Investments Bleed When You Cut Costs: Q&A With Tigerpaw CEO Dave Foxall

Tigerpaw Software is a family-owned software company that, 24 years after it was founded, is about to enter a new phase of growth. The company’s enterprise CRM, inventory and project management platform has always had a loyal following, in no small part because of the care and attention Tigerpaw lavishes on its customers, CEO Dave Foxall told CRM Buyer.

However, some strategic changes it made in its product lineup a few years ago — primarily the embrace of managed services — plus a strong customer desire to save money via automation are positioning Tigerpaw to double or triple its revenue in the next few years.

CRM Buyer spoke with Foxall to find out how the company expects to achieve this feat.

CRM Buyer: How is Tigerpaw weathering the economic downturn?

Dave Foxall:

Really quite well. In fact, we are in a growth phase. Since the beginning of the year, we added 20 percent additional staff, and we are still profitable even though we increased our staff. As a software development company, we are building products that won’t be released until next year, so that is a lot of R&D overhead.

CRM Buyer: What are some of the cost-cutting measures you’ve taken?

Foxall:

We continue to look at the expense side of business as we always have. But we are a company that believes in investment — in our staff and in our clients. It always pays off in the end. We invest heavily in trade shows for example, but only if we can speak in front of the audience. We find we generate a lot of revenue that way.

Another example: We have saltwater aquariums. Now, getting rid of those would be an expected cost-cutting measure to take, but it would defeat our objective of providing a good work environment for employees. And certainly the last thing we would want to do is cut our staff. We would never do that. Our philosophy is that it is easy to cut costs — but just as easily, you start to bleed long-term investments.

CRM: How can your products help your customers’ bottom lines in the near term?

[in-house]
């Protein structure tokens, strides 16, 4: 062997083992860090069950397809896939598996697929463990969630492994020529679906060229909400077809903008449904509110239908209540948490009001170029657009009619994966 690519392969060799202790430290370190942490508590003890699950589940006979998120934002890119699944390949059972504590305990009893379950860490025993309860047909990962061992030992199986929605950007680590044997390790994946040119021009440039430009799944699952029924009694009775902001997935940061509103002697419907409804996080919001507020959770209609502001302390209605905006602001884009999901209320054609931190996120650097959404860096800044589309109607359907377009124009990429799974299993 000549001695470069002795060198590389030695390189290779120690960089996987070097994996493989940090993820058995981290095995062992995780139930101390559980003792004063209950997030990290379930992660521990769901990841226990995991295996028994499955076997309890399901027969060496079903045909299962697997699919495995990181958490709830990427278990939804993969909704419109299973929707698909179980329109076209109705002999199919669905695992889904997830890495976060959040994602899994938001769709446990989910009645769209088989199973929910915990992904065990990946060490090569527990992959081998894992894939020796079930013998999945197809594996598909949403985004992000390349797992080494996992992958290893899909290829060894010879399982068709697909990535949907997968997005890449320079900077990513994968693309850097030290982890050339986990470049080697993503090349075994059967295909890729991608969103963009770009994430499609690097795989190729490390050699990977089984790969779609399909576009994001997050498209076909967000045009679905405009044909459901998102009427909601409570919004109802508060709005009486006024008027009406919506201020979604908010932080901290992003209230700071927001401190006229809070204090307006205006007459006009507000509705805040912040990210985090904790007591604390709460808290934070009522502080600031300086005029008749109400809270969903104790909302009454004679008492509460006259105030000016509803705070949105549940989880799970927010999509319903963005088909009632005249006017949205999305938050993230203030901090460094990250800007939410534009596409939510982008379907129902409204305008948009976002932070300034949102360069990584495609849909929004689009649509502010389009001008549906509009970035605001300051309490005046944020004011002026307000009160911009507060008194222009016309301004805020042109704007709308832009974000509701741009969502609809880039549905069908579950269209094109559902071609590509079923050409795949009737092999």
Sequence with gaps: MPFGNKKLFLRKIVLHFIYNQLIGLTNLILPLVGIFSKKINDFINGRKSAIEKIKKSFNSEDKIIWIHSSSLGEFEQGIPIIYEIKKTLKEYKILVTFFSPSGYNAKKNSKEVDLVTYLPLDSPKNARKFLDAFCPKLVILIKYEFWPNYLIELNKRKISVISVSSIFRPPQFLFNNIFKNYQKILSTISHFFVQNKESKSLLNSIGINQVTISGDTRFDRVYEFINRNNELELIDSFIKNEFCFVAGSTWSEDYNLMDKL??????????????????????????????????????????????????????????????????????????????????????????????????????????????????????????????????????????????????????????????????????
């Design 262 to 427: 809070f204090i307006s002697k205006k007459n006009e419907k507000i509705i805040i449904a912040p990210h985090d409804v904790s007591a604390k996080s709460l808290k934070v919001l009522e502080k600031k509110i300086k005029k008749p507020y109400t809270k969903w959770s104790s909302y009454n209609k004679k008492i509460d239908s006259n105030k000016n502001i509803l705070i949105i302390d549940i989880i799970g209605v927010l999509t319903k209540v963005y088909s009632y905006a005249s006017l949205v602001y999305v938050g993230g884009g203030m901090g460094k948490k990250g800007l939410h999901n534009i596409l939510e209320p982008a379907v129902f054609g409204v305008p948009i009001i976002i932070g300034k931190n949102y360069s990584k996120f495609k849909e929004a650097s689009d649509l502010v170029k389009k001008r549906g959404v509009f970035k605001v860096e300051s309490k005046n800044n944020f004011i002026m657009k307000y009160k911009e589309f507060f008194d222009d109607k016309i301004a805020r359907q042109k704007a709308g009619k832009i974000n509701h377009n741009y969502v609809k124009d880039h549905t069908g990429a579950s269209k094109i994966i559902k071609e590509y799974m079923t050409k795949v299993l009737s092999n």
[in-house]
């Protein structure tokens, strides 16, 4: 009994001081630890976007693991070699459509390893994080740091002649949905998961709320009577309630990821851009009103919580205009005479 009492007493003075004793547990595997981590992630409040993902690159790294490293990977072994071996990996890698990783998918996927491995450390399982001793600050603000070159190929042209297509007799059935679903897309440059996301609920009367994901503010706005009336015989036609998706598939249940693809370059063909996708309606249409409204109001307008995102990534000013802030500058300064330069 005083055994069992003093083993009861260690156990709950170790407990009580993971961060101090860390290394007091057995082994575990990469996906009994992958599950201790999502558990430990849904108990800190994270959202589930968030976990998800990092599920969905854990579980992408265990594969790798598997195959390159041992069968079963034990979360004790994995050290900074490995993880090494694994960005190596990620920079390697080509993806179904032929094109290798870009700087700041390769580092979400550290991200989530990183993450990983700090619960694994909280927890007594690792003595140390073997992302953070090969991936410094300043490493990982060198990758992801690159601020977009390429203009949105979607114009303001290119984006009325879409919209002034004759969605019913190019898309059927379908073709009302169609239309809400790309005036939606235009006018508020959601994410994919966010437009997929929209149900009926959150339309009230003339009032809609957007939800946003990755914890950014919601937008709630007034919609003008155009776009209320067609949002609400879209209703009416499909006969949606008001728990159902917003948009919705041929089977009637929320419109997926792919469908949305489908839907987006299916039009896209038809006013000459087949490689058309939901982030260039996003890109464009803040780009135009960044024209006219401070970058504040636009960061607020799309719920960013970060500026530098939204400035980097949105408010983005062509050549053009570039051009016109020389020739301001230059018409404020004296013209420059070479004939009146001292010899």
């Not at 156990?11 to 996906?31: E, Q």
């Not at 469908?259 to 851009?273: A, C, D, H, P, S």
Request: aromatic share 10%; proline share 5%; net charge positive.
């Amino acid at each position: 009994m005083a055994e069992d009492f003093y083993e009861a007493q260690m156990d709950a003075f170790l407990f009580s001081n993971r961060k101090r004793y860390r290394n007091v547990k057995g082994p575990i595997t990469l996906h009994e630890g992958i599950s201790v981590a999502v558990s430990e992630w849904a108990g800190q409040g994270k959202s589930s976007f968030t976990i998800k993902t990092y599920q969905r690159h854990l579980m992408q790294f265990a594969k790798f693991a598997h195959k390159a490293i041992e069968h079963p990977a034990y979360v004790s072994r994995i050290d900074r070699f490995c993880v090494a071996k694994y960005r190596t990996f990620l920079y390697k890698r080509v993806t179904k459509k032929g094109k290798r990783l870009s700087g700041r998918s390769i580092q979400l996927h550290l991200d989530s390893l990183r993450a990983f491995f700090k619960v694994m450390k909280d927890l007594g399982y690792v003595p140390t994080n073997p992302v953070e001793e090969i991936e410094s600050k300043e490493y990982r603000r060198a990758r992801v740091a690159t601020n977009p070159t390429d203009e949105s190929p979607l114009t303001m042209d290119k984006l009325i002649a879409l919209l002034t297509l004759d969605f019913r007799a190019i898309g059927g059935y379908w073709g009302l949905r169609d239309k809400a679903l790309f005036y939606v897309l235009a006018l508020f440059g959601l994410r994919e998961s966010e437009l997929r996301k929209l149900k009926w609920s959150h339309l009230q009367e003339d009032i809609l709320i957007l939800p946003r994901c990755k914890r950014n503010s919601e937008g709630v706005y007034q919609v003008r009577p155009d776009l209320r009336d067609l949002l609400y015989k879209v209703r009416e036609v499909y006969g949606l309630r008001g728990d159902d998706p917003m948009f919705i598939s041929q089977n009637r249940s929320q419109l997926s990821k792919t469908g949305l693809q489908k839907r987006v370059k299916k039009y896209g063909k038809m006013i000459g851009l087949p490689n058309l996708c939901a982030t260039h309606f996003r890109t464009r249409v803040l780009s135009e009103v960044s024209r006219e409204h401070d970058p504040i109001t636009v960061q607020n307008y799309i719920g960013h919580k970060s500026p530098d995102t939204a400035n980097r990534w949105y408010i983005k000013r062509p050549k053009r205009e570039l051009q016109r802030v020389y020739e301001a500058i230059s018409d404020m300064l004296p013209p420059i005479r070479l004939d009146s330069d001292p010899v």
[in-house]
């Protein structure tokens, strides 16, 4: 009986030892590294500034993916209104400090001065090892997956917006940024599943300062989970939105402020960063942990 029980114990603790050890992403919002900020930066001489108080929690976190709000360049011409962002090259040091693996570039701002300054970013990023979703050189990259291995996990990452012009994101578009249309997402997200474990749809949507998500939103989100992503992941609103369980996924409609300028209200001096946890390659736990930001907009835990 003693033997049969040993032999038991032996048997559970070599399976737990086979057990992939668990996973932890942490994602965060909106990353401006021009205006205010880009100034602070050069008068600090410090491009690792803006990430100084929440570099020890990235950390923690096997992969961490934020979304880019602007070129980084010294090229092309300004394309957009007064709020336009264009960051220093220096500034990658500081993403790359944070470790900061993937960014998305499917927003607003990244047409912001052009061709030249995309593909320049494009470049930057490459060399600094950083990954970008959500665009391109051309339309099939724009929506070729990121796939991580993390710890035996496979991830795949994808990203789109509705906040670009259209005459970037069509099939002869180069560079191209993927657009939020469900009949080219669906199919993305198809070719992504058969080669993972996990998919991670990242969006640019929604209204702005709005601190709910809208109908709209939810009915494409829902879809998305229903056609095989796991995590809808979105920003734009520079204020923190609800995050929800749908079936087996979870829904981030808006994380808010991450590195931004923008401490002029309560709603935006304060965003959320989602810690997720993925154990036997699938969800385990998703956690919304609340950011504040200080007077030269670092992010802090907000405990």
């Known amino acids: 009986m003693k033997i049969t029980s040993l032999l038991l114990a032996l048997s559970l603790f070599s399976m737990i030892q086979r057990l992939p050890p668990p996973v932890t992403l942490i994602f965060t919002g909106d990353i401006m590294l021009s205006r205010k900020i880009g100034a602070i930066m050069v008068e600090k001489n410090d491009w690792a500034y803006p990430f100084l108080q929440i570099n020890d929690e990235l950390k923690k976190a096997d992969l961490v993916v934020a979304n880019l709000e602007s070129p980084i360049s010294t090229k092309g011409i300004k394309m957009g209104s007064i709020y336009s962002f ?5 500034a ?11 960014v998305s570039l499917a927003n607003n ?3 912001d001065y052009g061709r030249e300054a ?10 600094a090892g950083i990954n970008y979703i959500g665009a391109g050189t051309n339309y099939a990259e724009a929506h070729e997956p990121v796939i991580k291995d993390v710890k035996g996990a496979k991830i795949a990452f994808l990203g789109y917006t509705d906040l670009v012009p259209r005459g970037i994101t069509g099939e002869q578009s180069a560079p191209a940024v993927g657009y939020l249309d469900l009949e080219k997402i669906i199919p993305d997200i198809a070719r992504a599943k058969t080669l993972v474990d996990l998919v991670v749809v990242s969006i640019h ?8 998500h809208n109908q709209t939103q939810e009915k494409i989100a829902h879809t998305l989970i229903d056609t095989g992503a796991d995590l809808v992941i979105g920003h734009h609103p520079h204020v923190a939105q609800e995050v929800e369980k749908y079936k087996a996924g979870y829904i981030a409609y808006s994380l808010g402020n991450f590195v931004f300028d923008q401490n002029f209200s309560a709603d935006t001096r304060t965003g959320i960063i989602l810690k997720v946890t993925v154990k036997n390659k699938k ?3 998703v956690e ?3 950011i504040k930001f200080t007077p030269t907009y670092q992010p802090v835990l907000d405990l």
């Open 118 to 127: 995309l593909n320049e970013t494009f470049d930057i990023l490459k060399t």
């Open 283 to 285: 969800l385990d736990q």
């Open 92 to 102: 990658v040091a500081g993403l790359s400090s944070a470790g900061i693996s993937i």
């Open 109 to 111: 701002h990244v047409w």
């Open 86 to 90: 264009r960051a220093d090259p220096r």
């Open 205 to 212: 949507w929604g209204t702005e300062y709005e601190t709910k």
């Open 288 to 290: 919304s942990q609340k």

Foxall:

For our sales and marketing application, we have a campaign manager that can send emails and schedule follow-up calls. It literally does what a full-time marketing administrator will do for you. It will immediately generate revenue for you. Our software has the ability to finish a proposal while on the phone; that can increase sales. It can produce dynamic invoices on the fly; that too can increase sales. It can manage services dynamically; users will realize immediate savings by ordering what is needed by the project phase. Those are just a few examples.

CRM Buyer: What are some of the bright spots for your company right now?

Foxall:

We are ready to cross a new frontier. We have been in the (US)$5-$6 million range for the last couple years. I think we can grow to a $10-$15 million range within the next few years. We are building products that our customers want to purchase, and are having a lot of fun taking businessfrom our competitors.

CRM Buyer: How will your company look a year from now?

Foxall:

A year from now, we will probably have gained 5 to 8 percent of our competitors’ market. We will have added 15 to 20 percent of new staff in support, training and sales. We will probably be expanding our office space, for sure. Right now, we operate out of a space designed for 40 people.

CRM Buyer: Who are some of your main competitors?

Foxall:

In the CRM space, mainly Salesforce.com, Microsoft, NetSuite. In [professional services automation], it would be ConnectWise and Autotask.

CRM Buyer: You said you were poised for a significant growth spurt. Why now? What’s different?

Foxall:

In the past, we were short on products or functionality that would have allowed us to be more competitive — but now we have those and are surpassing our competitors. We have a lot more visibility now, so when we talk to people on the phone, they have heard of us. In the past, we got new customers through referrals. Now, it is word of mouth.

CRM Buyer: What were the missing areas?

Foxall:

In the managed services area, we focused on [sales force automation] and service contract management and didn’t interface with new products in the market. We weren’t heavily involved in managed services, which we are today. A few years ago, we redirected our efforts to focus on those sectors and built the necessary products.

CRM Buyer: Besides the internal changes you’ve implemented, what other factors may account for your growth?

Foxall:

Companies are looking to reduce their people overhead, so automated monitoring or automated scheduling is looking more attractive. In fact, I would say the current economy and managed services are at a good point in their marriage right now.

2 Comments

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